Several lawmakers, including U.S. Senator Josh Hawley, R-Mo., have called for an investigation into Netflix for potentially violating laws prohibiting child pornography after the release of its new film “Cuties” which displays scantily clad 11-year-old girls twerking and dancing in a highly suggestive manner.
“I have asked Texas Attorney General Paxton’s office to investigate the @netflix film ‘Cuties’ for possible violations of child exploitation and child pornography laws,” Texas House of Representatives member Matt Schaefer wrote on Twitter on Thursday.
In a statement to The Daily Citizen, Rep. Schaefer emphasized that someone at Netflix needs to be held accountable for the release of “Cuties.”
“I don’t care what point the filmmaker is trying to make, the video of young girls in ‘Cuties’ is obscene and dangerous,” Rep. Schaefer said. “Someone needs to be in jail. If somehow Texas law doesn’t prohibit the filming and/or distribution of simulated sexual acts by children, we will fight for a law that does. Netflix should be held accountable.”
Additionally, Sen. Hawley floated the idea of a Congressional investigation on his Twitter account on Thursday.
Referring to the film, Sen. Hawley wrote, “This is just unbelievable. @netflix really concerned about child sexual exploitation, I see.” In a subsequent tweet, he added, “Maybe @Netflix would like to come talk this over before Congress.”
On Friday, Sen. Hawley sent a letter to Netflix CEO Reed Hastings with seven questions for him to answer about the film by September 18. In the meantime, Sen. Hawley requested that Hastings “immediately remove this film” from Netflix.
Among other questions, Sen. Hawley asked Hastings why Netflix designated the film “with a ‘TV-MA’ for ‘language’ without any mention of its graphic sexual content” and whether Netflix took measures to “ensure the protection of the physical, mental, and emotional health of child actors made to perform simulated sex acts.”
The Daily Citizen has reached out to Sen. Hawley’s office for comment.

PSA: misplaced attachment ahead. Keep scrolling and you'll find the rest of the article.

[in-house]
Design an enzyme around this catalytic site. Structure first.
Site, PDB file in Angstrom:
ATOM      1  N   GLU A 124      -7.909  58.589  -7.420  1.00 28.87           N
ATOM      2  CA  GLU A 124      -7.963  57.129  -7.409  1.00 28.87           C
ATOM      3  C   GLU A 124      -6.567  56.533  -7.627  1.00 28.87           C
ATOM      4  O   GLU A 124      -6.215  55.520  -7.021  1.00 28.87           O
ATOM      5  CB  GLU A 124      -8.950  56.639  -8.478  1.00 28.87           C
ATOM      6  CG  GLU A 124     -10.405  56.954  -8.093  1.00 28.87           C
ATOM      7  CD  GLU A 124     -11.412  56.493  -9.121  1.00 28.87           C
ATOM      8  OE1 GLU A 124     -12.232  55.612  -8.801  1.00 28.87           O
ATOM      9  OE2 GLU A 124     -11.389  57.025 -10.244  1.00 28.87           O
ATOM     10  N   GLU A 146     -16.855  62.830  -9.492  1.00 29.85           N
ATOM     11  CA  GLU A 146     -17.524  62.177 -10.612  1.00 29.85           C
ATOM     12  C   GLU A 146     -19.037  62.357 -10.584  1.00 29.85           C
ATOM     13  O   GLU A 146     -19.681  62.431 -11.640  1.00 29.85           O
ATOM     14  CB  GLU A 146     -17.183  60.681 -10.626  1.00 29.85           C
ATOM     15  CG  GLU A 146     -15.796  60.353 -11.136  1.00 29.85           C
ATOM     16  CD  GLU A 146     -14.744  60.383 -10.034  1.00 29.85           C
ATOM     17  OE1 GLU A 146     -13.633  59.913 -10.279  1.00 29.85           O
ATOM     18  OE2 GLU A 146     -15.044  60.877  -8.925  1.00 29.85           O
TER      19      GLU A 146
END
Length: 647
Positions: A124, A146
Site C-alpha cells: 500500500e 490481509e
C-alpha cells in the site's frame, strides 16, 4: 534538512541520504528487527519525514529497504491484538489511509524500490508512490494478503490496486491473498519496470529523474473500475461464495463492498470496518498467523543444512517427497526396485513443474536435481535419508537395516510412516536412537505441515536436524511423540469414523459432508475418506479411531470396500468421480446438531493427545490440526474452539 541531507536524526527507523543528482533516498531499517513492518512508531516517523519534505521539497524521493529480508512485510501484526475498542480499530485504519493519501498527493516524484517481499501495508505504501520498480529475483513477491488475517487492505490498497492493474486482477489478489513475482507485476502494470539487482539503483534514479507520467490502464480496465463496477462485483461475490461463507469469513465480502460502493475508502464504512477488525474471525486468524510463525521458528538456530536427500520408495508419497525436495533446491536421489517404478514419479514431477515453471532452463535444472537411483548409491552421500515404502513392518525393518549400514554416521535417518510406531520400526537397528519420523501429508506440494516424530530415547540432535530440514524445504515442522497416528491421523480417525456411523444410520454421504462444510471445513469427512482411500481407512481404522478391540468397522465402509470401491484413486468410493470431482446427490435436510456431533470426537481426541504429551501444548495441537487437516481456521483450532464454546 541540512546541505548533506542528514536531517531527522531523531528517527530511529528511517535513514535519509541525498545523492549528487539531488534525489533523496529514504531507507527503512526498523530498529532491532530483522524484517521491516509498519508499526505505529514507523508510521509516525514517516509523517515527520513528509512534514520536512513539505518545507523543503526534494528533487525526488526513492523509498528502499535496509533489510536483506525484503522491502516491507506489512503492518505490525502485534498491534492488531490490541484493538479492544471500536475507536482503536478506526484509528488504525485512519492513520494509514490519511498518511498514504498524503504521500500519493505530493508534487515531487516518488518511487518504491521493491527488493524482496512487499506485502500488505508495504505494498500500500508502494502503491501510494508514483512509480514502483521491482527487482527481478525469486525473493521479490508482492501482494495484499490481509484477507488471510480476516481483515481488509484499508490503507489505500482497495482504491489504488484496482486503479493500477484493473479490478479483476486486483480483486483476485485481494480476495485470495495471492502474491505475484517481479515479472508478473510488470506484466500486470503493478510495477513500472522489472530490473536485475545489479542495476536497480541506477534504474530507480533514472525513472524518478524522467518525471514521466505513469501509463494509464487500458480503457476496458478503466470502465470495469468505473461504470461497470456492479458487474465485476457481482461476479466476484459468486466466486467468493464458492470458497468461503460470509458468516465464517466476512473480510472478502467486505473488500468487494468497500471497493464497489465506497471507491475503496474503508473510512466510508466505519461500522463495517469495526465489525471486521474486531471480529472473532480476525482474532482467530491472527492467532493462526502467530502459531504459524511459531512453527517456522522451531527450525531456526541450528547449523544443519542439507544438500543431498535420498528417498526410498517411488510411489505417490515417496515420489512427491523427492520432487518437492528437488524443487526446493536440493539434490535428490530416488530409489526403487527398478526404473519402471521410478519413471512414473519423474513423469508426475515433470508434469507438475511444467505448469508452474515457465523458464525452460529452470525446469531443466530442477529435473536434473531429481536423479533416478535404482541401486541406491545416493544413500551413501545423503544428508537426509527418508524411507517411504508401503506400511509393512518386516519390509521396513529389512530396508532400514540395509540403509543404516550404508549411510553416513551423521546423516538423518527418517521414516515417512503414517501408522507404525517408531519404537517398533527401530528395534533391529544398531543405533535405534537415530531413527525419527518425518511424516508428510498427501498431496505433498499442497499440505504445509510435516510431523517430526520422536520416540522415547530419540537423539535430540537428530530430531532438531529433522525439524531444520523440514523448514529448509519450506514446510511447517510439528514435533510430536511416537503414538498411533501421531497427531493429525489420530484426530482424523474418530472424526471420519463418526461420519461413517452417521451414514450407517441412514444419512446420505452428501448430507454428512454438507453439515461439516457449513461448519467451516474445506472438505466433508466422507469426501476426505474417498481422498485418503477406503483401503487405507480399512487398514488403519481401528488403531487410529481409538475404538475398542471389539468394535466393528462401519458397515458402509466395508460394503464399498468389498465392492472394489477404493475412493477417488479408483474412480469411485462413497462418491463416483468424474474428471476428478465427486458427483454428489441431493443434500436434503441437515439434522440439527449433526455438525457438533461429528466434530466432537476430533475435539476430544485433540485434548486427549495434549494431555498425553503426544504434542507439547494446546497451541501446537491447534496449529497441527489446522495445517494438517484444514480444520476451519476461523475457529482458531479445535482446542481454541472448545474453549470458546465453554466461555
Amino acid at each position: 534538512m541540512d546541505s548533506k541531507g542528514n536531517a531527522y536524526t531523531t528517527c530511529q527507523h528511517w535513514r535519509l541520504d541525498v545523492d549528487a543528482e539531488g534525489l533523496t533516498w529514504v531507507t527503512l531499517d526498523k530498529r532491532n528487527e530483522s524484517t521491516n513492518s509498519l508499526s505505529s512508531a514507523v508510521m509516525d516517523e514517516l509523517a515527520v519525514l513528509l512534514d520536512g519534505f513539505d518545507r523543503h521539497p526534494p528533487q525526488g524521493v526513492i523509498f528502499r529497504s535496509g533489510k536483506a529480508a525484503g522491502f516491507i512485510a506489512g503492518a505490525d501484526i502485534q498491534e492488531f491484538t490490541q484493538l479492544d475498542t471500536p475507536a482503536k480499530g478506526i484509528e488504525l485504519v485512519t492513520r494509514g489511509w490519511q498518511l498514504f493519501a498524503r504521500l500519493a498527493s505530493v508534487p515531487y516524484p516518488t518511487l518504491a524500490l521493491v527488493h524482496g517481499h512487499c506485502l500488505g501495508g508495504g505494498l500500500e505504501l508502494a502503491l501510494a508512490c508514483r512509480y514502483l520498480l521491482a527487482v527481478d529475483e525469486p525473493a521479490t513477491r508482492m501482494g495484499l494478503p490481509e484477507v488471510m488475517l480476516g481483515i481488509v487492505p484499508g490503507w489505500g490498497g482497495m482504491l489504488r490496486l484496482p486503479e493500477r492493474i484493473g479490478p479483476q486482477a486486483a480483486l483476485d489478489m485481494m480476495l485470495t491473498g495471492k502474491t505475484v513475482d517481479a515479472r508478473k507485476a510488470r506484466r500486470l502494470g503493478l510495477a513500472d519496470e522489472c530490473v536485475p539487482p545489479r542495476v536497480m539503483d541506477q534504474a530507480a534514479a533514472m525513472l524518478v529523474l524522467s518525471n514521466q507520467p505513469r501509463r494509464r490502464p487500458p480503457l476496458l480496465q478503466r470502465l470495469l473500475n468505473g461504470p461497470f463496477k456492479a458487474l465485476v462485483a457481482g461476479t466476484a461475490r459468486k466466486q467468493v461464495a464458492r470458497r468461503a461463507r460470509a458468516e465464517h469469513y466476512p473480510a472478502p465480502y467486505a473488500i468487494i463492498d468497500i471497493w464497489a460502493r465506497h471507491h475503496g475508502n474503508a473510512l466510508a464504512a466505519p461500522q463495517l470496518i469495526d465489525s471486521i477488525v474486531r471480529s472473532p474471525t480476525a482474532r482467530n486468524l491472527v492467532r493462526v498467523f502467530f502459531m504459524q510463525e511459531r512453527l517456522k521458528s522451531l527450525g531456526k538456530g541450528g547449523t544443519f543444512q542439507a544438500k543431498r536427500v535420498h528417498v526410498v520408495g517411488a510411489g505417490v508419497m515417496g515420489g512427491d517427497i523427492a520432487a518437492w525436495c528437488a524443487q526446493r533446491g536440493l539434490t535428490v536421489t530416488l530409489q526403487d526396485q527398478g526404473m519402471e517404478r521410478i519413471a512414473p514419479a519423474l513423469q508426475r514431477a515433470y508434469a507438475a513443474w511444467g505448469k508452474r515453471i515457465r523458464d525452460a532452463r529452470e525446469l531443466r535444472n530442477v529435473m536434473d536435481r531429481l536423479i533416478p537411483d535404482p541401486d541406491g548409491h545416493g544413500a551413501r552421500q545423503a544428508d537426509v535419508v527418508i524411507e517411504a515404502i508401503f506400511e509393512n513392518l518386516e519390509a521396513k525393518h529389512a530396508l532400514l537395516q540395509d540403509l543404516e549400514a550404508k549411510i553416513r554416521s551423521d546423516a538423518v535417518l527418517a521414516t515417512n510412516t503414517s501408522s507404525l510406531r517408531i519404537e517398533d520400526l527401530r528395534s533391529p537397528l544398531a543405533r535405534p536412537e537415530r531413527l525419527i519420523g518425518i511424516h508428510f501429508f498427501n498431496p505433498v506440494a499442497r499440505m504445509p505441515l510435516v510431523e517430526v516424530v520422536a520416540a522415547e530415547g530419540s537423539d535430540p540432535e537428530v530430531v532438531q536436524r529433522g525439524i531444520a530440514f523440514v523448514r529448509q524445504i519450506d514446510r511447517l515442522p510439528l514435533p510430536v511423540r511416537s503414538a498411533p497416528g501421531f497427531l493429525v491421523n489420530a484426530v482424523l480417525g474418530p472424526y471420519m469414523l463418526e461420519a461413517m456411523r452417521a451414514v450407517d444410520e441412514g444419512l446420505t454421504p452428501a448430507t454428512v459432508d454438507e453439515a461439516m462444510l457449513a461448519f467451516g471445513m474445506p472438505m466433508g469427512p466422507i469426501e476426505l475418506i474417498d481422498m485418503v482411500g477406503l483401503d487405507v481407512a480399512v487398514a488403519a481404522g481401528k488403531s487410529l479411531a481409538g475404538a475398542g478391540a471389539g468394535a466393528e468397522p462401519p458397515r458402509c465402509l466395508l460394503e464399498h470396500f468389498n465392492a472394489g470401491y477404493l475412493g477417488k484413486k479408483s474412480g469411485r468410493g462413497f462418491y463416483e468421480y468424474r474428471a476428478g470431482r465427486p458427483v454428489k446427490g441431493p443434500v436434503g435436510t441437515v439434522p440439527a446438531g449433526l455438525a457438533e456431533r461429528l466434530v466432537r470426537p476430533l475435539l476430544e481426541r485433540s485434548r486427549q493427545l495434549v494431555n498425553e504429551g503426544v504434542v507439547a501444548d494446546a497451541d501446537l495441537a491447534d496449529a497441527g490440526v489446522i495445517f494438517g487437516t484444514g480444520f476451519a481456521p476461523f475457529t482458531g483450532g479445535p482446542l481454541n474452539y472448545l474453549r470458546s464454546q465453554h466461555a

“Cuties” garnered immediate and immense backlash following its release, with hundreds of thousands of people tweeting “#CancelNetflix.”
Pro-life advocate Lila Rose composed a four-part tweet thread outlining the legal case against Netflix. “For those claiming that the filmmakers did ‘nothing illegal,’ the law & case law is crystal clear here. The filmmakers & Netflix have violated Title 18, section 2256. The Fifth Circuit created the ‘Dost test,’ a 6-factor test to determine if images are child porn,” Rose wrote.
The “Dost test” that Rose refers to lays out six factors to help determine whether an image or video can be classified as child pornography. These include:
- “Whether the focal point of the visual depiction is on the child’s genitalia or pubic area.”
- “Whether the setting of the visual depiction is sexually suggestive, i.e., in a place or pose generally associated with sexual activity.”
- “Whether the child is depicted in an unnatural pose or inappropriate attire, considering the age of the child.”
- “Whether the child is fully or partially clothed, or nude.”
- “Whether the visual depiction suggests sexual coyness or a willingness to engage in sexual activity.”
- “Whether the visual depiction is intended or designed to elicit a sexual response in the viewer.”
As The Daily Citizen previously summarized, the film “shows four 11-year-old girls scantily clad, gyrating and twerking, with several close-up shots of their buttocks. It also shows them grabbing their crotches several times, shaking their buttocks while grabbing their inner thighs, thrusting up and down on the floor and stroking each other’s rear ends.”
It appears that the graphic and highly sexualized content in “Cuties” would meet all six criteria to classify as child pornography.
Section 2256 of Title 18 “defines child pornography as any visual depiction of sexually explicit conduct involving a minor (someone under 18 years of age).”
A first time offender convicted of producing child pornography can “face fines and a statutory minimum of 15 years to 30 years maximum in prison” and an offender convicted of “transporting child pornography in interstate or foreign commerce… faces fines and a statutory minimum of 5 years to 20 years maximum in prison.”
Following the release of the film, The Daily Citizen reached out to The Justice Department to ask whether it would open an investigation into Netflix, but did not receive a response.
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